April 11, 2010

The Power of the Ordinary

"Creative Block" We've all been there. Nothing sounds good. Nothing feels right. There's no excitement even in your favorite medium. And the longer it lasts, the more you become frustrated. I know...been there, done that. And each of us have our own ways to work ourselves out of this problem. For me, it's going to various different sources...books, museums, other blogs...things like that to try to get some inspiration!

So...facing this problem once again just recently, I pulled out a couple of my "inspirational" books for a re-read and a recharge. One such book was Gwen Diehn's book, The Decorated Page, which has always provided me a kick-charge when I needed it. This time it came in her reference to another book, A Trail Through Leaves, by Hannah Hinchman and her nature journaling. Interested, I picked this book up from my local library branch and settled in to read Hinchman's narratives of the world around her.

Perhaps it was the fact that my mind was no longer focused on my own lack of inspiration, but it was as I read her chapter called, "The Power of the Ordinary" that I found the answer I needed. In this chapter, she states: "But threading through, in fact floating on top of all this matter, like sea ducks among the icebergs, are moments of the ordinary-made-extraordinary by the simple act of choosing and isolating them." (page 69). It's so simple. What I needed was all around me...I just had to look!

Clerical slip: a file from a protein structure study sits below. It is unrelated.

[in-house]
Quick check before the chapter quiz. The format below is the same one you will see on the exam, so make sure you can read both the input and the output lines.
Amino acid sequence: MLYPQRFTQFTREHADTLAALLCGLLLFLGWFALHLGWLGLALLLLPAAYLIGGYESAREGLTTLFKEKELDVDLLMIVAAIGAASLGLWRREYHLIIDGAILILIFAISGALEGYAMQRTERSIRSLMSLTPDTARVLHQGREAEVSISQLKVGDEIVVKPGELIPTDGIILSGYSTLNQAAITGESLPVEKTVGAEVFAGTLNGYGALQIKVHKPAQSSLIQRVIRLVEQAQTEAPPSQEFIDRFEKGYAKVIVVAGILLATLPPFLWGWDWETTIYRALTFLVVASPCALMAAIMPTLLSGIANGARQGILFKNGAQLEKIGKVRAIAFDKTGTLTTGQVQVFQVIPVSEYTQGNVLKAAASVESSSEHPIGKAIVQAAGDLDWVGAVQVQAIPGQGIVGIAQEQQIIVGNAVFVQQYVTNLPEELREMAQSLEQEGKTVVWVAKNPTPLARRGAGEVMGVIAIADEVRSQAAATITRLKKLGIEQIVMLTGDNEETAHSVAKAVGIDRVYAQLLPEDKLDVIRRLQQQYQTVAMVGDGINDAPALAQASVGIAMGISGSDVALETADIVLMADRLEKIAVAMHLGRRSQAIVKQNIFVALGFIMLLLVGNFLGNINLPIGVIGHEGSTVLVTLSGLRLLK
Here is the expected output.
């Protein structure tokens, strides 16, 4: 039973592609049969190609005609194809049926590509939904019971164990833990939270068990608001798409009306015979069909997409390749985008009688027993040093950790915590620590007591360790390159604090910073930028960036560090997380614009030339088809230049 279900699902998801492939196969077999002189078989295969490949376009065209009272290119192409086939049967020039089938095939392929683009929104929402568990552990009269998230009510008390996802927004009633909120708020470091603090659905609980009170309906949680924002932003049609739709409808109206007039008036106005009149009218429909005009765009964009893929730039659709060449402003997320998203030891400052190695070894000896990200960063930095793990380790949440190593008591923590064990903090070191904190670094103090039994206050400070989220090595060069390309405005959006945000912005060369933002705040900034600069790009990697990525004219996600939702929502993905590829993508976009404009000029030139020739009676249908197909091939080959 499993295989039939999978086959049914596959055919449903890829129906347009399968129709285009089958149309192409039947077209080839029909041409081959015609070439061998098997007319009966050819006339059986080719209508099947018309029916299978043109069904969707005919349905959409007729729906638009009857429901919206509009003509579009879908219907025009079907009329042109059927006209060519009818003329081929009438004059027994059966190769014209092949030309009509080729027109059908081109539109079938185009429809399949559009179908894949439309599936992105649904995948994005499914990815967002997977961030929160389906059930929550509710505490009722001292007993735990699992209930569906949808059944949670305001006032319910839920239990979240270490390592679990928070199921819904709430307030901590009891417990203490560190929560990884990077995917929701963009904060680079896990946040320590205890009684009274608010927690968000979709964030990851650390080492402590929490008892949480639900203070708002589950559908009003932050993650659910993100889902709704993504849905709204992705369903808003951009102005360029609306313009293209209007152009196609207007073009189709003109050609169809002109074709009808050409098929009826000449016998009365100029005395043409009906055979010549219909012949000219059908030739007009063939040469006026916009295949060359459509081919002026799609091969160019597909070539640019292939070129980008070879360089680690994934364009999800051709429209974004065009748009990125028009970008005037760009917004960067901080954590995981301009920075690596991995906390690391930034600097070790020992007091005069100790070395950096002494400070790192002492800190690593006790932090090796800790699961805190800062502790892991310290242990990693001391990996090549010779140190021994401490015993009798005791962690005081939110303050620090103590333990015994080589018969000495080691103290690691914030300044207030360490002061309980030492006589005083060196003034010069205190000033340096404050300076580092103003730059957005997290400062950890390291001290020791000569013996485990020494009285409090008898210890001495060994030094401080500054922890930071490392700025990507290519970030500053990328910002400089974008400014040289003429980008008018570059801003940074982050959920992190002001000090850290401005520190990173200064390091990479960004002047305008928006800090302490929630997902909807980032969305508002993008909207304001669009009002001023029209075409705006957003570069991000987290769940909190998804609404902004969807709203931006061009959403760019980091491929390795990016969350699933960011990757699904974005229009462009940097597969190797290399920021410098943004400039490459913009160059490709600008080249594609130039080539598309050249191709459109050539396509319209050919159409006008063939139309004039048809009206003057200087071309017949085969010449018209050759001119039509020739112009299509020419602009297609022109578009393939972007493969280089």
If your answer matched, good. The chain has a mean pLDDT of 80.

I have a good friend who is a very accomplished photographer. His business allows him to travel to all sorts of exotic places and he takes full advantage, as he should, of this opportunity to come away with some fabulous pictures. I have always felt envious of him in this regard as I feel our photographic skills are pretty comparable but since I don't have his opportunities for travels, my photographs are lacking in excitement. After reading Hinchman's thoughts on rejoicing upon what is around you, I won't be thinking this way again. At least not until he gets back from his latest travels...but I do enjoy his stories.

I took a new look at some of my photographs, like this one entitled, "Jars and Books". Just a simple still life taken during a rainy day in my living room. Like Hinchman, I "chose and isolated" these objects and made them special. Don't you agree?

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